Friday, March 20, 2015

Profiling PHP Applications with Xdebug and CacheGrind

Recently I worked on a project that required setting up a code profiler for PHP on Windows. In case you are interested in doing the same, here are some tips for you.


- Working installation of PHP (version 5.2 or above)
- Apache or any other web server that runs together with the PHP installation (assuming you are profiling web pages).


Step 1: Download the correct Xdebug DLL from Note that you have to download a DLL that matches your version and architecture of PHP, This information you can get from the output of phpinfo.

Step 2: Save the DLL to a reasonable location (e.g. somewhere near or in the PHP installation directory). As this is not a PHP module, this does not have to be the PHP's extensions directory.

Step 3: Configure the php.ini file (in your PHP installation folder):
zend_extension = "[the location of the xdebug dll]\php_xdebug-2.2.7-5.3-vc9.dll"

; this turns off the profiler by default:
; this makes the profiler overwrite, rather than append to profiling output
; (i.e. only the profile of the last request will be stored in output)
; this enables reading a GET/POST/COOKIE parameter named XDEBUG_PROFILE to profile a specific request
xdebug.profiler_output_dir="[Path where to store the profiler output]"

If everything succeeded, then after restarting Apache, there should be an Xdebug section in the output of phpinfo() and the phrase "with Xdebug ..." next to the Zend framework logo. If this is not so, verify that the path to the DLL is correct and that the DLL matches the version of your PHP installation.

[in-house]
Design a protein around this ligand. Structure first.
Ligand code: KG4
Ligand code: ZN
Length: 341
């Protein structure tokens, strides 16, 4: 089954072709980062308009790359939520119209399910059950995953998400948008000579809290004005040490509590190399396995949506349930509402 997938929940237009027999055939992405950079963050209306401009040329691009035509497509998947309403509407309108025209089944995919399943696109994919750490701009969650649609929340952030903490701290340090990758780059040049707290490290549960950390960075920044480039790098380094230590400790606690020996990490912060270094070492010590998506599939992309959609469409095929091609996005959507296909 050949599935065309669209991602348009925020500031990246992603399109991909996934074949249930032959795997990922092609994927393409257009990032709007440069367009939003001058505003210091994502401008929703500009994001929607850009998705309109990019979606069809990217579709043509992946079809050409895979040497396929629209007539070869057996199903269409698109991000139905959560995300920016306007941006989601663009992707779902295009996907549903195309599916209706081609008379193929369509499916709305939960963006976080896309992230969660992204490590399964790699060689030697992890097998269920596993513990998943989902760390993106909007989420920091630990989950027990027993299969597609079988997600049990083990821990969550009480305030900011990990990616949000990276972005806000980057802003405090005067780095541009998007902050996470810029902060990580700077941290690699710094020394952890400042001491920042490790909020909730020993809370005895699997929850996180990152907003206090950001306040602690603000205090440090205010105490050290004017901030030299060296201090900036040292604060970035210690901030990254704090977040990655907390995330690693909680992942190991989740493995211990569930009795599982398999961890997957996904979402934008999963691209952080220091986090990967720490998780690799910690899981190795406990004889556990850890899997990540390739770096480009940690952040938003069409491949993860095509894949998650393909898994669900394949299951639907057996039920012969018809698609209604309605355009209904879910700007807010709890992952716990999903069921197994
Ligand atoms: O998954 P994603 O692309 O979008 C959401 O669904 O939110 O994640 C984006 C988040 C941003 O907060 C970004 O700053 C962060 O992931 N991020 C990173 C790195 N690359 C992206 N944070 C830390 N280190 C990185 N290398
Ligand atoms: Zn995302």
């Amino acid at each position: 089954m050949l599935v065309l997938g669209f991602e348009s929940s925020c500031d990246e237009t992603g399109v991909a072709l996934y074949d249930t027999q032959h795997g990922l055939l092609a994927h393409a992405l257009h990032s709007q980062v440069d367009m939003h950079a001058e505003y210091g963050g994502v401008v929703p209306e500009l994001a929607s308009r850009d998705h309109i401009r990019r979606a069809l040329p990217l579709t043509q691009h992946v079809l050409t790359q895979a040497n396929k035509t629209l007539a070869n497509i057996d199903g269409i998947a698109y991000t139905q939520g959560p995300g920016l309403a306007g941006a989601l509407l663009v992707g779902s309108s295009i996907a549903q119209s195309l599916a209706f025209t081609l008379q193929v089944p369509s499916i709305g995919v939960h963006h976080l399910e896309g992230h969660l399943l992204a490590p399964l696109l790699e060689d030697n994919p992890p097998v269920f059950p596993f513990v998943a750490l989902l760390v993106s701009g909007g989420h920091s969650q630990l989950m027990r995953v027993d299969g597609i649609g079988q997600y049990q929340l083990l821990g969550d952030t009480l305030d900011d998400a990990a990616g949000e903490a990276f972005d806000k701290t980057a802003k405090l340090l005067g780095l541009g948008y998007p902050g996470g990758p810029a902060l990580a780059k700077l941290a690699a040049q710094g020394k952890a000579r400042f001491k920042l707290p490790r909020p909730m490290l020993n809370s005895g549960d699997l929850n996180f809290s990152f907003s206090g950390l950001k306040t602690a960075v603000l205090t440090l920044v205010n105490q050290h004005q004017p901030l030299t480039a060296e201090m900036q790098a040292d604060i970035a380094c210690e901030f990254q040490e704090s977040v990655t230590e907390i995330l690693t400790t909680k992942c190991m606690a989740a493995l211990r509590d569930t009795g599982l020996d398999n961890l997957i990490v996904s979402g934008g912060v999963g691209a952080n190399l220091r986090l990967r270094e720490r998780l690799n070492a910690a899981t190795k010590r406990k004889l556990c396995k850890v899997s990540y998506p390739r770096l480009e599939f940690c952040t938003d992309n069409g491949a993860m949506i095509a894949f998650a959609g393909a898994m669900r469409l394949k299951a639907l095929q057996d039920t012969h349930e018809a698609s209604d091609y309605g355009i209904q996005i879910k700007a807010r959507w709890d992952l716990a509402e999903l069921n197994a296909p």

More parameters to play with can be found on the documentation page of Xdebug. In general, if you want to profile just one specific HTTP request, it makes more sense to use the profiler_enable_trigger=1 parameter, with profiler_enable=0, so that you can pinpoint the exact request by adding an XDEBUG_PROFILE=1 parameter to the request. On the other hand, to get the total profiling output for a series of requests, you should set profiler_append=1 and possibly profiler_enable=1 (or XDEBUG_PROFILE=1 in a cookie) to get a cumulative profile of multiple queries in a row.
Note that by default, Xdebug writes the output to a single file, called cachegrind.out.[process ID].

Step 4: Install QCacheGrind. This one is a lovely Windows port of the KCacheGrind tool that allows you to analyze the profiling output. Documentation on how to use it is available at

Keep in mind that the profiling output can grow very fast if the profiler is constantly on. With QCacheGrind, there seems to be an upper bound to the number of profiles that are stored in one output file - from some point on, the tool tends to crash without warning. So, keep your profiling output lean or distribute it to separate files (see

Step 5: Success! Profiling should now be enabled.